Elite Fear of Religion

In a recent piece on Slate, Dahlia Lithwick wrote of the rising terror of employers “forcing” their religious beliefs on their employees.  Although some might think that the oppressive mandate being enforced by the Department of Health and Human Services is a clear case of government imposing on private citizens, Lithwick sees it quite differently. 

For her the real problem is the hypothetical threat posed by employers imposing their beliefs on employees.  Because of this concern, she is now afraid that the courts, in construing the HHS mandate, will instead allow employers to prohibit employees from seeking therapy or obtaining medication, and will render their individual religious beliefs “immaterial.”

She writes that “[t]he guarantee of religious freedom enshrined in the Constitution was intended to protect fragile minorities from crushing religious burdens imposed by the wealthy and powerful.” That Lithwick sees religious liberty only as a cover to defend bigots, and that it must yield, eventually, to the good souls who have “worked to accommodate religious belief while pushing for fundamental fairness and equality,” only underscores her lack of concern for a protective view of religious exercise. 

The First Amendment, of course, famously refers to “Congress” and not to any particular group of wealthy or powerful groups.  Indeed, as Lithwick has apparently forgotten, constitutional protections protect us from the government, not from one another, except as we act through the state.  The overriding concern of the Founders was government infringement on the exercise of religious liberty by the federal government.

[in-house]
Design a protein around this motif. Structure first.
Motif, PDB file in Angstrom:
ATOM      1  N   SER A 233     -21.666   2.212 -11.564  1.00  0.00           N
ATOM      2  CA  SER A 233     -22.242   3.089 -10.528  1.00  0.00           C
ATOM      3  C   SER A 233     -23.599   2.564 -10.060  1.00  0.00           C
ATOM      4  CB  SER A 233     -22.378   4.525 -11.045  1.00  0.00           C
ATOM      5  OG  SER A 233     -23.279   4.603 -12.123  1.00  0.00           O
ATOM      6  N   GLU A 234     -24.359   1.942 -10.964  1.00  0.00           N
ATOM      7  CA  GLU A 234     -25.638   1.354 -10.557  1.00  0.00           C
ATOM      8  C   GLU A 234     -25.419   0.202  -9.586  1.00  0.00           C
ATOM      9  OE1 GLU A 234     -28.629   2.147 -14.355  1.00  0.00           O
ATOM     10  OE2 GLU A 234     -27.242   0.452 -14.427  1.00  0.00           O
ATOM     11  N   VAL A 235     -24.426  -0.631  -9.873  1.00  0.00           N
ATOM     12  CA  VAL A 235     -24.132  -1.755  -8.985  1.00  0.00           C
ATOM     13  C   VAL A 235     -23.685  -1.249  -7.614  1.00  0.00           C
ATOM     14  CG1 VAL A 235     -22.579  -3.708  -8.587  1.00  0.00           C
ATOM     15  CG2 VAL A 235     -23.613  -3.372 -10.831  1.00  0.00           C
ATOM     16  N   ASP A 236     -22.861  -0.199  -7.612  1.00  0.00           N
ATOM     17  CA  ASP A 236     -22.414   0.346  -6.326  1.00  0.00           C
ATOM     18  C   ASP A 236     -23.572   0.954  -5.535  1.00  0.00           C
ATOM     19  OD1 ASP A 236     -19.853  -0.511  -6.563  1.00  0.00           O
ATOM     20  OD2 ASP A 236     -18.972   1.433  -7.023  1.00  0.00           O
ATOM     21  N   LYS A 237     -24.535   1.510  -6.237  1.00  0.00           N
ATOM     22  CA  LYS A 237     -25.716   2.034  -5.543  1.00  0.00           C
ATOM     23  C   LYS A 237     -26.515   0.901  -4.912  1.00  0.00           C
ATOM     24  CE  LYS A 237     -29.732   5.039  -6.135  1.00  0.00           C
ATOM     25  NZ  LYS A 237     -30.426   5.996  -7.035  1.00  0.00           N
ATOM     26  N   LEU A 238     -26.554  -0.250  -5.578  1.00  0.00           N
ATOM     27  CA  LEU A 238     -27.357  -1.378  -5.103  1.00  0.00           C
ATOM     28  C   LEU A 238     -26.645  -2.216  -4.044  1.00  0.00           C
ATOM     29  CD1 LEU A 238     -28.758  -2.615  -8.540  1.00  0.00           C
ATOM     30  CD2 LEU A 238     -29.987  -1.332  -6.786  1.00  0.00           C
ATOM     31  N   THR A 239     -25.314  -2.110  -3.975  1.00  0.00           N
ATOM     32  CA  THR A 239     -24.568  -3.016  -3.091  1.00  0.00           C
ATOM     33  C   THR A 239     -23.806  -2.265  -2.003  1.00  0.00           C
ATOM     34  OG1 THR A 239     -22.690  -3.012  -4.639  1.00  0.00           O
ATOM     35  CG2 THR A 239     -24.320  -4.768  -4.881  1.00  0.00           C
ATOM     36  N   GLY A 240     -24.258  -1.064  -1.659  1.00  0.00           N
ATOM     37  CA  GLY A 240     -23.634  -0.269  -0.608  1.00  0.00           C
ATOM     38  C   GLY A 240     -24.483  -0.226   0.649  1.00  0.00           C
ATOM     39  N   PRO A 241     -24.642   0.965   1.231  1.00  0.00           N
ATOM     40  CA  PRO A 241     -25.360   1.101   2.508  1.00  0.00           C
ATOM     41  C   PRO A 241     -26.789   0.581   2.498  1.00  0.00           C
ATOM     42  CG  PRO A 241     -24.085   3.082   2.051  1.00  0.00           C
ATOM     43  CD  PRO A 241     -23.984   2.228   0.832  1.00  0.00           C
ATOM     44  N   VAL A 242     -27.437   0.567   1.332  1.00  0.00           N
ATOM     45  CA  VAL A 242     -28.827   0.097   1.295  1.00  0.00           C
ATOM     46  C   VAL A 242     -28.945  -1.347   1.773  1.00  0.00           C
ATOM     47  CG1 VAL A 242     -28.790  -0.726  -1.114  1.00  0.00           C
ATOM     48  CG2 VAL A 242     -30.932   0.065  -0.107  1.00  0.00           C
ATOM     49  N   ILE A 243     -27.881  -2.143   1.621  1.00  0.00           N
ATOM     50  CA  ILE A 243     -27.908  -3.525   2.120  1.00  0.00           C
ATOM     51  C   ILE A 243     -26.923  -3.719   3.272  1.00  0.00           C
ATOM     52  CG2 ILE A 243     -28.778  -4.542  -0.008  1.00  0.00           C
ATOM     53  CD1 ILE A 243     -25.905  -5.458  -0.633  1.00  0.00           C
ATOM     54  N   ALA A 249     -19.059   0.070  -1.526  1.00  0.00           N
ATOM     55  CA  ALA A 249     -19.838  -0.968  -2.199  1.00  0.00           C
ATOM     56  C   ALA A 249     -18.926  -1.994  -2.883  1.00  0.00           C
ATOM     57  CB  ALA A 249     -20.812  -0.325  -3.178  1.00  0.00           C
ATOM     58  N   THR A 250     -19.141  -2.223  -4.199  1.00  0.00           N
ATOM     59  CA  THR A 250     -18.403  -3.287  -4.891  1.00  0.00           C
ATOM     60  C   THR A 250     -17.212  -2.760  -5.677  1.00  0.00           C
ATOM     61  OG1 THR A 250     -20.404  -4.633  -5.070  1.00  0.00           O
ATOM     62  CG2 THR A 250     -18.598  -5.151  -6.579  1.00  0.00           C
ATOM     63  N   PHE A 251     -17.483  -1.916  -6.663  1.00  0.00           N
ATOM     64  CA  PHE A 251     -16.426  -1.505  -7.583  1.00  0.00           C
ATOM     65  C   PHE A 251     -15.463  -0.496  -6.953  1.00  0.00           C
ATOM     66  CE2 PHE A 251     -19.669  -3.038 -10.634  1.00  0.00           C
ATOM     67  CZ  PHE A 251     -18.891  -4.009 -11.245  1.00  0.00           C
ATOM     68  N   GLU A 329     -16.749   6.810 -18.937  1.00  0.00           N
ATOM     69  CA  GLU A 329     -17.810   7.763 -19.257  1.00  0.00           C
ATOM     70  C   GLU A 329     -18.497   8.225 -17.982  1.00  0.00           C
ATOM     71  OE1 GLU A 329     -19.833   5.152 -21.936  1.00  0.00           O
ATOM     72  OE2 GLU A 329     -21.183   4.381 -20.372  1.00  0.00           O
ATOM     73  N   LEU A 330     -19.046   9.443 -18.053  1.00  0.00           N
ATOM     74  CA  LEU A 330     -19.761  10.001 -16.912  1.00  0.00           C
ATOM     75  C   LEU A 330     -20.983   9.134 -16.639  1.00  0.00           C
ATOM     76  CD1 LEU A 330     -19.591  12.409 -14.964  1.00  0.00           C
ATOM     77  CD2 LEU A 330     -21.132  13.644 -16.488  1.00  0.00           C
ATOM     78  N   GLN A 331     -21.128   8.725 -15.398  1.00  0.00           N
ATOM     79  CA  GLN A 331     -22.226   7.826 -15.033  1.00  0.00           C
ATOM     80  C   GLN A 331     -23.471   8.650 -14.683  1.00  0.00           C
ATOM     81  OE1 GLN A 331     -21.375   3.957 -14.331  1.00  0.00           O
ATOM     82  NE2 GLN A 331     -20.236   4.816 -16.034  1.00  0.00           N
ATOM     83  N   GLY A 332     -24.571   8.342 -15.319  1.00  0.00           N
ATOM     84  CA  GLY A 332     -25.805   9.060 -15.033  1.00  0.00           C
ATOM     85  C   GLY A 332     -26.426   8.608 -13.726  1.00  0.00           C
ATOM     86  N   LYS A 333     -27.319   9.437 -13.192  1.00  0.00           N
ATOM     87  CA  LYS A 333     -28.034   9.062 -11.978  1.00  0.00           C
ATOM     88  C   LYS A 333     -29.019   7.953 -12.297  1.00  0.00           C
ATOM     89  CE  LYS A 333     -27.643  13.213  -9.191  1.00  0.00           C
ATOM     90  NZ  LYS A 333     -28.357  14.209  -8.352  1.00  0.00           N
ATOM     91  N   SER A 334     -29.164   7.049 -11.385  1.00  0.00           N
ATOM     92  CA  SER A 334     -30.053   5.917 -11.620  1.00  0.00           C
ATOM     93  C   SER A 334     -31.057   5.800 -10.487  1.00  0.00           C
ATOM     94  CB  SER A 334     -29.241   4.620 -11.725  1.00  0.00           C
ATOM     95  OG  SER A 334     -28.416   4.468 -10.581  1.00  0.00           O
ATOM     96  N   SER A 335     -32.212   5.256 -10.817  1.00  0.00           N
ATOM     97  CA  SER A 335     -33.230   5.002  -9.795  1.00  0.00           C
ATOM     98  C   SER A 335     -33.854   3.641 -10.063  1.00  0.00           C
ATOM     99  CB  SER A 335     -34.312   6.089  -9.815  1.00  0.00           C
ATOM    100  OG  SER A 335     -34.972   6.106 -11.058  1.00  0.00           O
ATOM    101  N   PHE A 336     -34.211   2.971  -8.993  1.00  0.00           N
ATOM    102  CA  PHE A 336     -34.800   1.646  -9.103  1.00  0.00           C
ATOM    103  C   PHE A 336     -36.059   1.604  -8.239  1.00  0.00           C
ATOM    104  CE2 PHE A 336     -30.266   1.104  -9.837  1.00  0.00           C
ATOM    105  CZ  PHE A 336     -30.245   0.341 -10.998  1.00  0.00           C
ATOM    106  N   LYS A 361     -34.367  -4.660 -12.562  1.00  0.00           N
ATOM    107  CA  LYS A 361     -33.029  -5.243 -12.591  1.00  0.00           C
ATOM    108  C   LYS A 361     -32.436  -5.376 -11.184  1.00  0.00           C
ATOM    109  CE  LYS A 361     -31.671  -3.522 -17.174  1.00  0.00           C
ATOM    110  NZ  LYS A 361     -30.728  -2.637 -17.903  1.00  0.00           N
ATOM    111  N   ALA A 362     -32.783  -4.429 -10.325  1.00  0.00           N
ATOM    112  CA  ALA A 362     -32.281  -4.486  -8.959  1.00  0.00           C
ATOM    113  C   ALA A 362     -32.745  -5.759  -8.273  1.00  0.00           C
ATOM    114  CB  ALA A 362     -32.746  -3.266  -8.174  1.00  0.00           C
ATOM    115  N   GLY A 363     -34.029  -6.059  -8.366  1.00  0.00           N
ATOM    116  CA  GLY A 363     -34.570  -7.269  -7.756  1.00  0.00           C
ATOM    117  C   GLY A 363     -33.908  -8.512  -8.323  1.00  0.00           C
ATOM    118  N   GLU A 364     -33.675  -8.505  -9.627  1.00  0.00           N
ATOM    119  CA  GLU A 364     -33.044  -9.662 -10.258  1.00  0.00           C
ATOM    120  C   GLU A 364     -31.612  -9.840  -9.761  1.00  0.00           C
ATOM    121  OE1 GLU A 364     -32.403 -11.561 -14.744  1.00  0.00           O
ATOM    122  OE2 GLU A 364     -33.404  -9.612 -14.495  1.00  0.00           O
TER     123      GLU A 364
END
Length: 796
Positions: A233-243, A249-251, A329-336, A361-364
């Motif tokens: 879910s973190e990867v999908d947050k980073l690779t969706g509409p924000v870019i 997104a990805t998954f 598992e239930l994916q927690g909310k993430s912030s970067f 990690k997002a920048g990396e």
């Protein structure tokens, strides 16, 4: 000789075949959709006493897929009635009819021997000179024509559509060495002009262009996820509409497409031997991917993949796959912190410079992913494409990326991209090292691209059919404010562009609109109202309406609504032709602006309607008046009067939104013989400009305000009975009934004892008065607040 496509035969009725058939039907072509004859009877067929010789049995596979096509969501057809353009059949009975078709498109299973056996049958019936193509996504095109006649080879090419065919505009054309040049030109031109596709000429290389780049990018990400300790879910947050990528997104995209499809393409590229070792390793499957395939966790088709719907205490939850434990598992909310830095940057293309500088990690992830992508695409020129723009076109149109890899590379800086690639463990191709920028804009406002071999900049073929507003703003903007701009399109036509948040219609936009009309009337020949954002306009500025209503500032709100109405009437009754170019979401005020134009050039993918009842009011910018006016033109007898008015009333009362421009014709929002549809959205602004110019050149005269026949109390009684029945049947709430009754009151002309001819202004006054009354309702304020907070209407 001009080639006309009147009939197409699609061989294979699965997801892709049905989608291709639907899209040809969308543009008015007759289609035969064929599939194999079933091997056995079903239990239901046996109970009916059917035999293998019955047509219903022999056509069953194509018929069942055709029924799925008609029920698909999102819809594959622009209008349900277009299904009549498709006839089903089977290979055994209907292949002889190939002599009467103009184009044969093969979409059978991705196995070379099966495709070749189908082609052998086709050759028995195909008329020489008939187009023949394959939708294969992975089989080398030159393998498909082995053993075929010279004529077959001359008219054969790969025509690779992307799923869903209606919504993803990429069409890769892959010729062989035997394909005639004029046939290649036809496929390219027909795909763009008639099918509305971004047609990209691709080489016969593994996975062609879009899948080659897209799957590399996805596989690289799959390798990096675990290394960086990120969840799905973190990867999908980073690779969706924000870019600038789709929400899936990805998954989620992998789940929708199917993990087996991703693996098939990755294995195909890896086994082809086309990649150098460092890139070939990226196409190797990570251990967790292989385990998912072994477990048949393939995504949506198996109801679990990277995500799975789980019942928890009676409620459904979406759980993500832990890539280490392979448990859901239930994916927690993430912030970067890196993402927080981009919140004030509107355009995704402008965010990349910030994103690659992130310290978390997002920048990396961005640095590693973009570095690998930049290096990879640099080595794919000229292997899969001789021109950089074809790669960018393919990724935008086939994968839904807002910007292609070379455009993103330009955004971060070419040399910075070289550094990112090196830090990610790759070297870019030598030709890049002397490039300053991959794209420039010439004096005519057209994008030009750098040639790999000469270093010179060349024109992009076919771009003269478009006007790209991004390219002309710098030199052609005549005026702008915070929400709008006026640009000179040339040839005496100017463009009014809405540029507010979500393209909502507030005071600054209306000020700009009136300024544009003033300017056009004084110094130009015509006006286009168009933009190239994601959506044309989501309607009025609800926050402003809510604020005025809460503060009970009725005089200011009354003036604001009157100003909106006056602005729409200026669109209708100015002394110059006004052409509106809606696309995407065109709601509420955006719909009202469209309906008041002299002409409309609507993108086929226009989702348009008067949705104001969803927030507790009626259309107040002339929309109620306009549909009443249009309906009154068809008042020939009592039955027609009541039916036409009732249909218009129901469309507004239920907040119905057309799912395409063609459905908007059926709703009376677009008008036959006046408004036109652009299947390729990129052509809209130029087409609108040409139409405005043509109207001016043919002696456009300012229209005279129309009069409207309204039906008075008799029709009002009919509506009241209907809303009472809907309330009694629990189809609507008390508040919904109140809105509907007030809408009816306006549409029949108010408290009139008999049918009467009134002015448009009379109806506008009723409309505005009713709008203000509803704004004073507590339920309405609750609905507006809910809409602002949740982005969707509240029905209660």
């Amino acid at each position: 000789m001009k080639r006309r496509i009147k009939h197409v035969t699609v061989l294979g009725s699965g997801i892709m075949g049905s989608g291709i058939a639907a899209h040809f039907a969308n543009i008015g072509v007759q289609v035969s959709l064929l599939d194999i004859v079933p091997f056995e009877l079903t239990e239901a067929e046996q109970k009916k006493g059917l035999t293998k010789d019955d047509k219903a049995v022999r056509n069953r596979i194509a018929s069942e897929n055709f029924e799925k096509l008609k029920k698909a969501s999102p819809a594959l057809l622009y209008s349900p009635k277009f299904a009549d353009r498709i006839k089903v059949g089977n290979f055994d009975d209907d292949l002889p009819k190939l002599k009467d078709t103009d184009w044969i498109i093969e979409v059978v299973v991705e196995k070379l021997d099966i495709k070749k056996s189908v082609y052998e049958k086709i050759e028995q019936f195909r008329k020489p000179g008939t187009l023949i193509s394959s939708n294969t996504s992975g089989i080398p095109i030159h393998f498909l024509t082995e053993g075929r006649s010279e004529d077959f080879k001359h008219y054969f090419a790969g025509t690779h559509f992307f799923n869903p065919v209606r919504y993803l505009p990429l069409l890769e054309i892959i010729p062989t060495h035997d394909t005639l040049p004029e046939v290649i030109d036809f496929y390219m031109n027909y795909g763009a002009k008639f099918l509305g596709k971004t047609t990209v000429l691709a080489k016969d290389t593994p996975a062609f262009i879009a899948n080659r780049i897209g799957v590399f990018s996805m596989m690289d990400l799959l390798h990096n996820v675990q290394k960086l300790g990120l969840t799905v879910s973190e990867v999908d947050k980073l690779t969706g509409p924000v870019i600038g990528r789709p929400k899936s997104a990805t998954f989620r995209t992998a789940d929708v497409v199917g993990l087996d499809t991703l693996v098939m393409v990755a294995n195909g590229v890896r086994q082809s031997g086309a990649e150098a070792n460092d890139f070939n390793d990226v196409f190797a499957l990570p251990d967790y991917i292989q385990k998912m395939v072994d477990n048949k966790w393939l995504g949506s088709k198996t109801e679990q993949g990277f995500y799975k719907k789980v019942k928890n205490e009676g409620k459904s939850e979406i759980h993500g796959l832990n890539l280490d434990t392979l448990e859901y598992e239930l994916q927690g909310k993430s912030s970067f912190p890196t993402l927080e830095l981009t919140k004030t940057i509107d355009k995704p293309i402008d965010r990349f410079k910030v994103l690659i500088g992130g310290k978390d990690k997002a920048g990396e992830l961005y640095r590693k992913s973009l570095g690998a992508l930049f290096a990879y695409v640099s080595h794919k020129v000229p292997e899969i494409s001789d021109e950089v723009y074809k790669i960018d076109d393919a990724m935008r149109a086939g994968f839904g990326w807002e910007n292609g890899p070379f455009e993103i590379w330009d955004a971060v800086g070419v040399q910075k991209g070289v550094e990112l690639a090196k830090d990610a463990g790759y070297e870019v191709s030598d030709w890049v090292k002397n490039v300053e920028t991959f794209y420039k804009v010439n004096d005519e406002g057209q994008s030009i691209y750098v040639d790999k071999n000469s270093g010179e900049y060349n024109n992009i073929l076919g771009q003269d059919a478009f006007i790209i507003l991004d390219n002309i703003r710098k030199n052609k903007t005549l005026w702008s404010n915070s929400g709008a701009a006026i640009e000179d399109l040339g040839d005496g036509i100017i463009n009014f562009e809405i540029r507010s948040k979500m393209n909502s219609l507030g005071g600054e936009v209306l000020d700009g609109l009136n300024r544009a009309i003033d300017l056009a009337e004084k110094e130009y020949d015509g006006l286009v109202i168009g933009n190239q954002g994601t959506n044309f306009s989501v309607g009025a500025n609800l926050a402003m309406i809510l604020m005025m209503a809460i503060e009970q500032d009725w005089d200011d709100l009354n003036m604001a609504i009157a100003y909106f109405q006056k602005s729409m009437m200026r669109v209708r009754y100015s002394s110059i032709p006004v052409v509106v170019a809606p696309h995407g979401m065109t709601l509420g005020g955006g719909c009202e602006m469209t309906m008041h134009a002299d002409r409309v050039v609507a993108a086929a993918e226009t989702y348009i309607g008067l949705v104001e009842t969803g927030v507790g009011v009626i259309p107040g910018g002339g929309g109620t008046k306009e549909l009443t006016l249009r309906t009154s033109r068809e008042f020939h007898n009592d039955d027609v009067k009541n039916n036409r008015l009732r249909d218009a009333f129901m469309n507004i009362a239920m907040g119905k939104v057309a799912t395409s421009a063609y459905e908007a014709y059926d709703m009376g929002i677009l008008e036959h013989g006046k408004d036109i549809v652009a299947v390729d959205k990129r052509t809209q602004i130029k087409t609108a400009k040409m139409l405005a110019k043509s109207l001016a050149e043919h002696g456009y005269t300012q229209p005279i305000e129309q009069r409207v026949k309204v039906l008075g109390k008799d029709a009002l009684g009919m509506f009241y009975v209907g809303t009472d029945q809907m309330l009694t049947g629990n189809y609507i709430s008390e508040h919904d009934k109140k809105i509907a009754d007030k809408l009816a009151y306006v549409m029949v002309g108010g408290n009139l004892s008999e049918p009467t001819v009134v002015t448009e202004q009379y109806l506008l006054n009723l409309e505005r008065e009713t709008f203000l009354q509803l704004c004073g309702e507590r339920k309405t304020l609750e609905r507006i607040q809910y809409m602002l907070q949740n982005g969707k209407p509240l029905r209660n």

The states were included much later, but that history further refutes Lithwick.  For some decades, even state imposition of religious belief was fine, so long as it was not national.  When application of the First Amendment to the states occurred, the concern was the same.  Government, through its coercive power, could not infringe on conscience or the way that conscience was exercised. 

And of course Lithwick is wrong factually as well.  She seems to imply that the “wealthy and powerful” are religious people who seek to impose crushing religious burdens on others who disagree.  But of course, whereas employees have the right to negotiate with their employer or find other employment, HHS imposes its secularist view nationwide, with limited, almost completely inapplicable exemptions. 

In any event, the “wealthy and powerful” – such as legal academics, judges, the media, and entertainment establishments – are all on the side of the mandate and crushing religious exercise.  And indeed, we are seeing cases brought by individuals against third parties to force them to act contrary to their beliefs.

     Conestoga Wood Specialties: on the wrong side of the Feds

So Lithwick seems to have missed what is actually happening in favor of a largely imaginary bugaboo.  Even if she were right in her guesswork on the purpose of the First Amendment, she should be arguing for more religious liberty, not less.